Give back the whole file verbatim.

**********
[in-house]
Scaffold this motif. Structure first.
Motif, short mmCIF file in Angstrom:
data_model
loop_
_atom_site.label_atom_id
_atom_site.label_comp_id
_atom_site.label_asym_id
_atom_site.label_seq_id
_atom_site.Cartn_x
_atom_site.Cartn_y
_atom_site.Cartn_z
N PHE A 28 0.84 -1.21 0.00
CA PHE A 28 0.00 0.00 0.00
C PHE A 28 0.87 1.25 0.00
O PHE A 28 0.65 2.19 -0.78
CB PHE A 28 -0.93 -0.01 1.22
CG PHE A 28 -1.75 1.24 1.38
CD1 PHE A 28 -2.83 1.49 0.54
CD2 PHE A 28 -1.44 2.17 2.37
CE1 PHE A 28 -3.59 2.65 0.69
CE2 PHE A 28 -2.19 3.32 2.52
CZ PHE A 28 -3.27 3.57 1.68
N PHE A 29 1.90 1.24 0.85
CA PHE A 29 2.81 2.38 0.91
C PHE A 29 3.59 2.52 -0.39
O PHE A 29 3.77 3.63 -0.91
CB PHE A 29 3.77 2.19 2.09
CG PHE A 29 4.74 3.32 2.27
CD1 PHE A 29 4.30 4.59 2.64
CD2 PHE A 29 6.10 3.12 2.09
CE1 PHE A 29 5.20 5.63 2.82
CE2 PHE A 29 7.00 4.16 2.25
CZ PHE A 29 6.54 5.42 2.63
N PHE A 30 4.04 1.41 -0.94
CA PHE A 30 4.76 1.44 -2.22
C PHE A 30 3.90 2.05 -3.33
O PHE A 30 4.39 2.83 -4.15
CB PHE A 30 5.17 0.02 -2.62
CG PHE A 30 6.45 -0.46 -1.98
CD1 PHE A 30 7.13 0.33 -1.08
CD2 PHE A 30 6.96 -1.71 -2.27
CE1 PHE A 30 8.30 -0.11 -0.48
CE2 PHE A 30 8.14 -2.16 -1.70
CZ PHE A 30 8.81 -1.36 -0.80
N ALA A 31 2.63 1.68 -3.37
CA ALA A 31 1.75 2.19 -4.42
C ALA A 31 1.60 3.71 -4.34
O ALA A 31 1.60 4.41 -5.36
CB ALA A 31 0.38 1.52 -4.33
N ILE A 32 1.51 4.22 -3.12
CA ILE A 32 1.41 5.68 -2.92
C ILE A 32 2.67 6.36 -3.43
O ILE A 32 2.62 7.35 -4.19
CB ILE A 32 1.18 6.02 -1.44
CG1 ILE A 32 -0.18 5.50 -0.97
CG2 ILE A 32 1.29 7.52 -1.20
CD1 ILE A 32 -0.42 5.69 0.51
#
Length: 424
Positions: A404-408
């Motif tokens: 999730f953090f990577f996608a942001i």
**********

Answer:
[in-house]
Scaffold this motif. Structure first.
Motif, short mmCIF file in Angstrom:
data_model
loop_
_atom_site.label_atom_id
_atom_site.label_comp_id
_atom_site.label_asym_id
_atom_site.label_seq_id
_atom_site.Cartn_x
_atom_site.Cartn_y
_atom_site.Cartn_z
N PHE A 28 0.84 -1.21 0.00
CA PHE A 28 0.00 0.00 0.00
C PHE A 28 0.87 1.25 0.00
O PHE A 28 0.65 2.19 -0.78
CB PHE A 28 -0.93 -0.01 1.22
CG PHE A 28 -1.75 1.24 1.38
CD1 PHE A 28 -2.83 1.49 0.54
CD2 PHE A 28 -1.44 2.17 2.37
CE1 PHE A 28 -3.59 2.65 0.69
CE2 PHE A 28 -2.19 3.32 2.52
CZ PHE A 28 -3.27 3.57 1.68
N PHE A 29 1.90 1.24 0.85
CA PHE A 29 2.81 2.38 0.91
C PHE A 29 3.59 2.52 -0.39
O PHE A 29 3.77 3.63 -0.91
CB PHE A 29 3.77 2.19 2.09
CG PHE A 29 4.74 3.32 2.27
CD1 PHE A 29 4.30 4.59 2.64
CD2 PHE A 29 6.10 3.12 2.09
CE1 PHE A 29 5.20 5.63 2.82
CE2 PHE A 29 7.00 4.16 2.25
CZ PHE A 29 6.54 5.42 2.63
N PHE A 30 4.04 1.41 -0.94
CA PHE A 30 4.76 1.44 -2.22
C PHE A 30 3.90 2.05 -3.33
O PHE A 30 4.39 2.83 -4.15
CB PHE A 30 5.17 0.02 -2.62
CG PHE A 30 6.45 -0.46 -1.98
CD1 PHE A 30 7.13 0.33 -1.08
CD2 PHE A 30 6.96 -1.71 -2.27
CE1 PHE A 30 8.30 -0.11 -0.48
CE2 PHE A 30 8.14 -2.16 -1.70
CZ PHE A 30 8.81 -1.36 -0.80
N ALA A 31 2.63 1.68 -3.37
CA ALA A 31 1.75 2.19 -4.42
C ALA A 31 1.60 3.71 -4.34
O ALA A 31 1.60 4.41 -5.36
CB ALA A 31 0.38 1.52 -4.33
N ILE A 32 1.51 4.22 -3.12
CA ILE A 32 1.41 5.68 -2.92
C ILE A 32 2.67 6.36 -3.43
O ILE A 32 2.62 7.35 -4.19
CB ILE A 32 1.18 6.02 -1.44
CG1 ILE A 32 -0.18 5.50 -0.97
CG2 ILE A 32 1.29 7.52 -1.20
CD1 ILE A 32 -0.42 5.69 0.51
#
Length: 424
Positions: A404-408
């Motif tokens: 999730f953090f990577f996608a942001i």